When to reduce board thickness - Woodworking Talk - Woodworkers Forum
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post #1 of 16 Old 03-13-2016, 06:49 PM Thread Starter
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When to reduce board thickness

I'm doing a panel glue up involving a couple of 5" width by 3/4" thick boards 36" long.
The 3/4 " stock must eventually be reduced to 1/2" thickness.

Question: When do I run the boards through the thickness planer? Do I glue up the 3/4" boards first and plane to 1/2" or plane to 1/2" and then glue up?
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post #2 of 16 Old 03-13-2016, 07:03 PM
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Depends on your planer really. A smaller, lunchbox style planer is going to have a harder time planing 1 12 inch wide panel over 3 4 inch wide planks. If you have a big old 3hp 20 inch planer though, it doesn't really matter.

Personally, I'd do it in 2 steps. Before the glueup, take the individual planks down to 5/8 or so, then do the glueup and take the finished panel down to 1/2. That way you have a little breathing room to take out any misalignment in the joint
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post #3 of 16 Old 03-13-2016, 07:23 PM
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Also depends on the wood you are using. Even a small lunchbox planer can eat a 12" wide soft pine panel down pretty quickly without overworking. If you're working with a hardwood, it's gonna work harder and you won't be able to take as much off per pass.
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post #4 of 16 Old 03-13-2016, 07:59 PM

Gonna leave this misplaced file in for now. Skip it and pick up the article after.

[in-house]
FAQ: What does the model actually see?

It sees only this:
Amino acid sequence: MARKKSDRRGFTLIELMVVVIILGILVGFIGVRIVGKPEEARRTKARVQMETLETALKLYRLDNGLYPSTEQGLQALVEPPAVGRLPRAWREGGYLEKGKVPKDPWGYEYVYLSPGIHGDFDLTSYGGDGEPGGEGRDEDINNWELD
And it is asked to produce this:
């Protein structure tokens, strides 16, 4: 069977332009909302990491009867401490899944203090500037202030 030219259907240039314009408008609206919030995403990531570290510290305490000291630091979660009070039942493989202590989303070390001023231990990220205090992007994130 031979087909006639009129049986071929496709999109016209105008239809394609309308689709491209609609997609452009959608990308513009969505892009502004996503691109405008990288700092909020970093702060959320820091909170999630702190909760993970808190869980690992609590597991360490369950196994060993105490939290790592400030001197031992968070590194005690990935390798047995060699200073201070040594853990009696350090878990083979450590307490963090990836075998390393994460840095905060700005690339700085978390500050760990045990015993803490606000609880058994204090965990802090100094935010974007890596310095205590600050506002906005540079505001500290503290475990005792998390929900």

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Always thickness your material to its FIN sizes before you glue up panels. Standard practice.

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post #5 of 16 Old 03-13-2016, 09:56 PM
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I normally run them through the planer after glue up.
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post #6 of 16 Old 03-13-2016, 11:13 PM
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I would agree with epic. Run them down close, glue them up then take them down to the thickness you want them.
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post #7 of 16 Old 03-13-2016, 11:27 PM
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I'd plane them down some before the glue up and finish up after its glued. If you are a good gluer( doubt that's a real word) you could plane them down to about 9/16. I'd probably go with 5/8 to be on the safe side.
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post #8 of 16 Old 03-14-2016, 09:00 AM
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the reason for not planing them to finished size now, is that during the glue up there is certainly going to be some mis-alignment of the surfaces. leaving some extra thickness allows you to plane the surface smooth and even.


I like to clean up both faces before glue-up, so I can match the wood grains and color better for the finished panel.
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post #9 of 16 Old 03-15-2016, 01:05 AM Thread Starter
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Thanks folks. Your suggestions were helpful.
Much appreciated.
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post #10 of 16 Old 03-15-2016, 06:37 AM
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Quote:
Originally Posted by Develin View Post
Always thickness your material to its FIN sizes before you glue up panels. Standard practice.